Among patients with non-alcoholic fatty liver disease (NAFLD), the assessment for the presence of non-alcoholic steatohepatitis (NASH) as well as the degree of fibrosis is clinically relevant as it guides prognosis, need for treatment, monitoring and influences eligibility for clinical trials. Unfortunately despite significant endeavours, there is currently a lack of accurate and validated biomarkers for determining NASH. This may in part be due to differing histological definitions of NASH and variability in pathologist interpretation and sampling error, leading to difficulty in establishing a ‘gold’ reference standard. Nonetheless, hypothesis free approaches using omics technology have identified a number of potential serum biomarkers including thrombospondin-2, which has also been shown to be predictive of clinical outcomes. Preliminary data also suggests imaging technologies including sonographic and magnetic resonance may be able to identify NASH. Further wide-spread validation of potential NASH biomarkers is required.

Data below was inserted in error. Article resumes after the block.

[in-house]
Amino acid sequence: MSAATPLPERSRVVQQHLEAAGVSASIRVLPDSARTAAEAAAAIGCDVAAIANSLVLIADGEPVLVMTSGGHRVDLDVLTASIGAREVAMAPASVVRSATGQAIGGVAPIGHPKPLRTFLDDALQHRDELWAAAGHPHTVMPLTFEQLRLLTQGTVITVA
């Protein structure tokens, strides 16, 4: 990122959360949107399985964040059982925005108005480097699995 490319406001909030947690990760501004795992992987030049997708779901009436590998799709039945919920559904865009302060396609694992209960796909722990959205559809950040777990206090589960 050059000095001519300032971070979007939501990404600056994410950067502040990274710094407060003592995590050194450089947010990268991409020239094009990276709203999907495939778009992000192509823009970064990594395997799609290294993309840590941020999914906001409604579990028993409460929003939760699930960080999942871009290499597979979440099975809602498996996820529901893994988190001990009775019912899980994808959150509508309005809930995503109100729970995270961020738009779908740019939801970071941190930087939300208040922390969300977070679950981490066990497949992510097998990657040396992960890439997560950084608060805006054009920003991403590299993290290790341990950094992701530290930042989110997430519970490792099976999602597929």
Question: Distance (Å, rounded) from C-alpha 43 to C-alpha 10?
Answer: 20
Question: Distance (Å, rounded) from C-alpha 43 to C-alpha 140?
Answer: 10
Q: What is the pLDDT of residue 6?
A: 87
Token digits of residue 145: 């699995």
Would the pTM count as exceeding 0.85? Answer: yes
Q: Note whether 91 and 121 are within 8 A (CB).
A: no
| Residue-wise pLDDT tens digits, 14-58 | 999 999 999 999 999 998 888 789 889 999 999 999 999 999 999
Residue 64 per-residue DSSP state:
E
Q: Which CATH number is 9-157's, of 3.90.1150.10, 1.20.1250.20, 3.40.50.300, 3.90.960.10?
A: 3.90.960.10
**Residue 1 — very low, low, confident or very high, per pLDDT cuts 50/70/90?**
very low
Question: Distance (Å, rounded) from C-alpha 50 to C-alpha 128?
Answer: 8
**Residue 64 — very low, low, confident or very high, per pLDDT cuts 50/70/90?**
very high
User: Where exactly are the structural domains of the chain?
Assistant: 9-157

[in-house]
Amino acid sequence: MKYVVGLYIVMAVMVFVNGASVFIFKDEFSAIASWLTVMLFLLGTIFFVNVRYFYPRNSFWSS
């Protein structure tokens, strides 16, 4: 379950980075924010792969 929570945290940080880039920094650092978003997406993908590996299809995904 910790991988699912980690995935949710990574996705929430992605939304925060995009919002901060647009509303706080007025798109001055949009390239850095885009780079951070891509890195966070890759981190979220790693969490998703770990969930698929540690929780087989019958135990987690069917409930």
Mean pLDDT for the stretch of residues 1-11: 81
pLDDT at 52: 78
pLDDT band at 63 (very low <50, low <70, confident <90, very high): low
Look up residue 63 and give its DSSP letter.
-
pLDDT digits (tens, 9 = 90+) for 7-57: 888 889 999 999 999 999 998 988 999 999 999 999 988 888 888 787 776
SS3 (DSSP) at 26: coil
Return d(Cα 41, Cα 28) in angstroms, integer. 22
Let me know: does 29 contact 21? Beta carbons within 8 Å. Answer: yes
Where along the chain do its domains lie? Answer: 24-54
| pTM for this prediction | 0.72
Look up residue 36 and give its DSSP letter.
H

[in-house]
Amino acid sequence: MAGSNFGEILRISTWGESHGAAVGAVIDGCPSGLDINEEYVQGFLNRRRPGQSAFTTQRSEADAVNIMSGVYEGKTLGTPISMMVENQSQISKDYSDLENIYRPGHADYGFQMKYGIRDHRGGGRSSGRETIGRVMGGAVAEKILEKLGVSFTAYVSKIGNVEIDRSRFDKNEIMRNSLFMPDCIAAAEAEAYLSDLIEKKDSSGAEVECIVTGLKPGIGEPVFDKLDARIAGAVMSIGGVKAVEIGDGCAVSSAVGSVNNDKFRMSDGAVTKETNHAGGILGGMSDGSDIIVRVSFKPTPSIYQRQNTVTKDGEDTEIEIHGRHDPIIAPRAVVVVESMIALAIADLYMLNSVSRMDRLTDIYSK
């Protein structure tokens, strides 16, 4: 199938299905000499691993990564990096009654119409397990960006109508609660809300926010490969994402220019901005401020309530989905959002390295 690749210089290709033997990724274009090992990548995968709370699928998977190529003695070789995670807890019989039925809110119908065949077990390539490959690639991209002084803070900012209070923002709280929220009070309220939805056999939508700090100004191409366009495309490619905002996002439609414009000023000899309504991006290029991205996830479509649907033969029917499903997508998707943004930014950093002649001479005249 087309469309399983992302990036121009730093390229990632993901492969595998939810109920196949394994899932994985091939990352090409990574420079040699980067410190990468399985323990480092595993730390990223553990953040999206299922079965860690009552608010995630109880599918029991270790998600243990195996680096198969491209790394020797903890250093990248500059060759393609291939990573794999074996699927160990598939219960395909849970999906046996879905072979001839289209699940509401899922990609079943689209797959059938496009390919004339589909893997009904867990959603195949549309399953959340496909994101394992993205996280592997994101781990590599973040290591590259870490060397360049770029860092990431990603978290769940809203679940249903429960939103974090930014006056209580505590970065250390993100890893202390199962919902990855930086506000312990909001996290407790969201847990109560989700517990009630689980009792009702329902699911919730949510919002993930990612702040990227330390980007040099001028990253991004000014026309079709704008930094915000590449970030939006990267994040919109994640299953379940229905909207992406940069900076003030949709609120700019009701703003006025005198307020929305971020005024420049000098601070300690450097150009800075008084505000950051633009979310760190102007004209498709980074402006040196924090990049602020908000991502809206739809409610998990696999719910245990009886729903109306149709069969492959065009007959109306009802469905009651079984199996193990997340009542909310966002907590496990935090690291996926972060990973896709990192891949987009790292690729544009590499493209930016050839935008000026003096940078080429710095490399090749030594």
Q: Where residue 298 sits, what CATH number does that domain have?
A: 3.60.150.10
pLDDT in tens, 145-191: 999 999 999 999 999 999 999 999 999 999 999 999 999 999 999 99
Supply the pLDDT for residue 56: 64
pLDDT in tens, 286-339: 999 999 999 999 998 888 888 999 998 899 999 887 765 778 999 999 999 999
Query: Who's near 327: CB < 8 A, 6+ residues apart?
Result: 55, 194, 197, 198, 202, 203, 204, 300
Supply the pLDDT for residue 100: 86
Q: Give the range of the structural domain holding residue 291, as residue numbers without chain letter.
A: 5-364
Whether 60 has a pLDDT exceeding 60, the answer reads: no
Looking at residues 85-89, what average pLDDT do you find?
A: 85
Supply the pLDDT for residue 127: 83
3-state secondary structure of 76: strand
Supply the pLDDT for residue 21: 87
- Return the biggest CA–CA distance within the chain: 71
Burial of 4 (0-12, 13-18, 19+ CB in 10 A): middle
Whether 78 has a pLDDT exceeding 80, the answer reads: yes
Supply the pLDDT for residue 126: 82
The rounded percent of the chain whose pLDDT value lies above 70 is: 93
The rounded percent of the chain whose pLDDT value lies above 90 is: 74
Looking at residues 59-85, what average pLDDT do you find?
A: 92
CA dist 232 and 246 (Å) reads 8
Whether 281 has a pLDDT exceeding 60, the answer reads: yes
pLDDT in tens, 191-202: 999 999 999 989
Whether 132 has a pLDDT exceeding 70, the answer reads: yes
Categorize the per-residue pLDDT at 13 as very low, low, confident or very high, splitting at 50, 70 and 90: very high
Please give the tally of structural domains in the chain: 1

Non-invasive markers of fibrosis have been widely validated in NAFLD and are incorporated into clinical practice. Recent data has highlighted that combining serum markers (eg FIB-4) with vibration controlled transient elastography increases diagnostic accuracy and clinical utility. New serum markers quantifying neo-epitopes of pro-peptides formed during fibrinogenesis by cleavage of pro-collagen, have now been validated as accurate biomarkers in several cohorts of NAFLD patients. PRO-C3 is one candidate biomarker whose accuracy is further increased when combined with other covariates (eg age, diabetes, platelet count in the ADAPT score). Data for elastography techniques including point-sheer wave and 2-dimensional sheer wave elastography is increasing however diagnostic cut-offs require greater validation.